On the career trapeze – a leap of faith

September 19, 2011

Dear Westminster Junior High Faculty and Parents:

Last week, I submitted to Bill Clarkson my letter of resignation from the post of Junior High Principal, effective at the conclusion of the 2011-12 academic year.

While my choice has been difficult, it has been fully mine, and I now feel great peace about the decision. In all honesty, my life and career path have been well illuminated by serving in the principal role, particularly in the most recent two years. I simply know in my head and in my heart that I need a change – my journey is taking another path. I am grateful to Bill Clarkson for the encouragement and understanding he has given me both professionally and personally, and which go with me on this journey.

In my eight years as Junior High principal, I have learned that I cherish the time and involvement with faculty colleagues, students, and parents. The work surrounding educational innovation and enhancement – the people-work that finds me as a team member in the Junior High School professional learning community, as a co-facilitator of Synergy 8, and as a co-leader with the Junior High Guidance Committee – fills my soul and ignites my deepest enthusiasms as an educator and learner. Also, my connections with the Center for Teaching and the Glenn Institute stand out for me professionally. Nevertheless, I believe I can continue – even improve – my leadership in such work by focusing more specifically on these areas of education, while reducing the other administrative responsibilities that specifically come with the demands of serving as a principal at Westminster.

During my spring sabbatical, I began to explore the possibilities of such a path change, even though I did not start my sabbatical with that particular intent in mind. Additionally, my participation in the blogosphere reveals to me daily the myriad possibilities in schools.

In the coming months I will continue to explore my own learning and career path to serve education in that magical place that exists in the crossroads of what ignites one’s passions and where one can make a positive difference in the world. Like the trapeze artist we discussed at a recent faculty meeting, I must let go of my current bar to reach for the next. The timing of my leap-of-faith decision allows me to look for my next job with full integrity, and it allows for the school to maximize its potential for finding the next principal of the Junior High. I can continue for the academic year to participate in much exciting work we have before us. On every level, Westminster is thoughtfully preparing to meet the challenges of the future, growing in its commitment to honoring Jesus Christ and providing the BEST possible education for our young people.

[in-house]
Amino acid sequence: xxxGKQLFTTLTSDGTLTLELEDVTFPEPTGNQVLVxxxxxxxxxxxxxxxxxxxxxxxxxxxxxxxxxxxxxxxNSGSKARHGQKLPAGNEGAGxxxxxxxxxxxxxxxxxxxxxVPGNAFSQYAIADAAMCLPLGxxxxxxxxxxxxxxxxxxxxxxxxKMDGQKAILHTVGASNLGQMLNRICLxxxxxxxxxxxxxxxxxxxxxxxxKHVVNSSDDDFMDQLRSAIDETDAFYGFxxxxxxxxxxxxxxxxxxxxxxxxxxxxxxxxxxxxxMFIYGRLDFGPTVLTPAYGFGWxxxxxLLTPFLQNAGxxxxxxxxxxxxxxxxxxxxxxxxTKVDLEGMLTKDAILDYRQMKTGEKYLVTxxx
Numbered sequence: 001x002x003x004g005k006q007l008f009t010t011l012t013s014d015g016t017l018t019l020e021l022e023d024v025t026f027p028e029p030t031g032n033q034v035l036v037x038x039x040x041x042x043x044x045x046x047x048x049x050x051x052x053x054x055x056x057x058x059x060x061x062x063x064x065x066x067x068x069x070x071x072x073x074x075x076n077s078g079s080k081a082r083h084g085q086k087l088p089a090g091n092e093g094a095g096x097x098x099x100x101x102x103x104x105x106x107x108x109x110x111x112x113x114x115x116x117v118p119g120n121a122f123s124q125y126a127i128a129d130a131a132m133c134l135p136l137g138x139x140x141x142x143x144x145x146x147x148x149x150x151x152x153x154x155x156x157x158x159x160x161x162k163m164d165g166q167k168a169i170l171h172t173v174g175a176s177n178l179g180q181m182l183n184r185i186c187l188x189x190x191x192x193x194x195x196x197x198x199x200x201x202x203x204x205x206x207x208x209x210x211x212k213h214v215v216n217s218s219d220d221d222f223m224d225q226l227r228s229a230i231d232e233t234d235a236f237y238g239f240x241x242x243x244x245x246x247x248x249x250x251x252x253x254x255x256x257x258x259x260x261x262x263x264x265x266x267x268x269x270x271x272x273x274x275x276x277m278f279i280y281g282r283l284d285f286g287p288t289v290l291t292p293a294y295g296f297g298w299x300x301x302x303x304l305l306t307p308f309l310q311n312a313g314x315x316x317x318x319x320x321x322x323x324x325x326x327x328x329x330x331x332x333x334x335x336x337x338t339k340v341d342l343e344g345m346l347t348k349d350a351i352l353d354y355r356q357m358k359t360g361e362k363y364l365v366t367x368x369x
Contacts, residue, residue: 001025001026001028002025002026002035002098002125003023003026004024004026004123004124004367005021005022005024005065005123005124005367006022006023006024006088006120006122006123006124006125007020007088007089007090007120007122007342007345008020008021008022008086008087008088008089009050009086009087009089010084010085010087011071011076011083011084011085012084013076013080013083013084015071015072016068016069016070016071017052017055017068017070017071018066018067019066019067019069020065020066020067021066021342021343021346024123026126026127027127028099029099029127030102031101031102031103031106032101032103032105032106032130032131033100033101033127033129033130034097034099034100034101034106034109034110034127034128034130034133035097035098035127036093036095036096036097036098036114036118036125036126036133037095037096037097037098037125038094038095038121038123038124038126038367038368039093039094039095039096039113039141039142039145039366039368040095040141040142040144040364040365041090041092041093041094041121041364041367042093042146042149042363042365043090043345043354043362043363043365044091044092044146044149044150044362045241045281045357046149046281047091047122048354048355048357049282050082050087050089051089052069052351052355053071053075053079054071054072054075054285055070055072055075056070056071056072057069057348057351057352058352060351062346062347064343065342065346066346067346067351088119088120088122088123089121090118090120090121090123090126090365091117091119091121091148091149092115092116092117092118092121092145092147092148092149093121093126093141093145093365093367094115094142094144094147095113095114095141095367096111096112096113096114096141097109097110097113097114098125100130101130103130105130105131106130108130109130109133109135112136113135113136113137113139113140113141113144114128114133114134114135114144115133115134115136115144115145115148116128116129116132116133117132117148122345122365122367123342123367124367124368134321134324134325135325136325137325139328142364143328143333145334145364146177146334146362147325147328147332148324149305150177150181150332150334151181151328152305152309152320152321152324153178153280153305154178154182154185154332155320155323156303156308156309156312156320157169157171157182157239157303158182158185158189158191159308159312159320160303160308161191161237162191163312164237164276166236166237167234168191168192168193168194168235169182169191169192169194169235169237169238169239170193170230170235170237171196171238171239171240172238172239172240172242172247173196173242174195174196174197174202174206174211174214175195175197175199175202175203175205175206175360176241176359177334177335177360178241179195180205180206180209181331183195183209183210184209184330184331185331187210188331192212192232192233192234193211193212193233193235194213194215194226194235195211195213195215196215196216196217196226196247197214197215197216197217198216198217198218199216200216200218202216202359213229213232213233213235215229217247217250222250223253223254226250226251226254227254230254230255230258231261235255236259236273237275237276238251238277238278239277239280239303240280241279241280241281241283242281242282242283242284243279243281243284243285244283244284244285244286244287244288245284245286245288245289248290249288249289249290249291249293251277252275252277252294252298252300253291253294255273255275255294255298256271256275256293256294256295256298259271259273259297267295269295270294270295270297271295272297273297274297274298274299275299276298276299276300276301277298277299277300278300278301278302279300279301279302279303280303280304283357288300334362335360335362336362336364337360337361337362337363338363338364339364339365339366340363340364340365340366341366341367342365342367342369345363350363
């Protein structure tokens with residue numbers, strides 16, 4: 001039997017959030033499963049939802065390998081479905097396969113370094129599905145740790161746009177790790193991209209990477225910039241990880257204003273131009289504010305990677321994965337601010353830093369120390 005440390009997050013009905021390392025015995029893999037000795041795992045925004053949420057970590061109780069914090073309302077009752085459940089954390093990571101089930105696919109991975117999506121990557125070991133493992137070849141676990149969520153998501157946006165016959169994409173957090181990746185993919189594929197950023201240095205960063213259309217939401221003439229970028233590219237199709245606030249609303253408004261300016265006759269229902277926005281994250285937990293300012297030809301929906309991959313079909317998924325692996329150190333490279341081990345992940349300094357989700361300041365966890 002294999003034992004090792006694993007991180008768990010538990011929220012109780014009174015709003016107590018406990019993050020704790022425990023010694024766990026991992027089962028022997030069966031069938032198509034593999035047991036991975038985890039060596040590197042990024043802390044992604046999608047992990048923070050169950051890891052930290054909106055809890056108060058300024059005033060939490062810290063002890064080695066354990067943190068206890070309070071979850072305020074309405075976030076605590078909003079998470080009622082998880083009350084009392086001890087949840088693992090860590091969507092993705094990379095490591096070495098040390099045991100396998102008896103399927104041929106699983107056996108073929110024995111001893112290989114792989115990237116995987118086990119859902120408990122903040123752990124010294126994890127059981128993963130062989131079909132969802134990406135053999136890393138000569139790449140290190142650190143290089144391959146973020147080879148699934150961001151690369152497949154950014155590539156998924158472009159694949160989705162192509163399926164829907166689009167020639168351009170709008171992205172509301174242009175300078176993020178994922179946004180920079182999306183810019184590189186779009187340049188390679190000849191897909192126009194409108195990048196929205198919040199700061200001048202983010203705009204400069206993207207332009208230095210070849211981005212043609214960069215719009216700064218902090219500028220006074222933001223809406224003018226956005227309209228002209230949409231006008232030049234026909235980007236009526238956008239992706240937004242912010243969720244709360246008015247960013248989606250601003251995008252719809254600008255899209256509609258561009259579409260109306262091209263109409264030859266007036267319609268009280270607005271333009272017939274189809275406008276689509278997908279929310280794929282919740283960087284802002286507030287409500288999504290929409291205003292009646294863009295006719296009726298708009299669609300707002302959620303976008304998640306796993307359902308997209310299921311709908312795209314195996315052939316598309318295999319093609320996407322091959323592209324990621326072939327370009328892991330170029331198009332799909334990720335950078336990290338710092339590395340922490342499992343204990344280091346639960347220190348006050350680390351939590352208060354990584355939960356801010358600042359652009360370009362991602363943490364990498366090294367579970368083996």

It has been a great privilege to be a part of the Westminster Community.


Bo Adams
Principal, Junior High School

10 minutes to blog – a random list of learnings today

1. I am grateful for the place and the people that I call “work.” My school allowed me a five week sabbatical to do some important things: 1) further my study of the future of schools and schools of the future, 2) temporarily reduce my typical work week from 75-80 hours to about 35 hours so that I could spend more time with reflection about 21st century learning and, more importantly, my wife and two sons. By doing so, the school sent a powerful message to me and others – you are important to us…your health and happiness and passions for learning are important to our work as a school and a community of people and learners. Many people stepped into the gap for five weeks so that I could take this opportunity and make the most of it. A host of people did more than they even usually do so that I could have this sabbatical. Unboundary hosted me as a 40-year-old intern, and several people welcomed me to their schools (Lovett, Trinity, Bay School, and St. Gregory) for extended visits and observations! THANK YOU! THANK YOU! THANK YOU!

2. It is an adjustment to return to work and the routine of the usual after a rare and special opportunity to do the unusual. Also, it is virtually impossible to summarize my five week sabbatical in the time and space that many folks want me to do so. I am so thankful for those who have read my blog, posterous, and tweets during my sabbatical…we have been in an ongoing, virtual conversation that enabled some richer face-to-faces today! Thank you readers and commenters and encouragers. And thanks to the fellow sabbatical-experiencer who gave me much good advice today! Invaluable!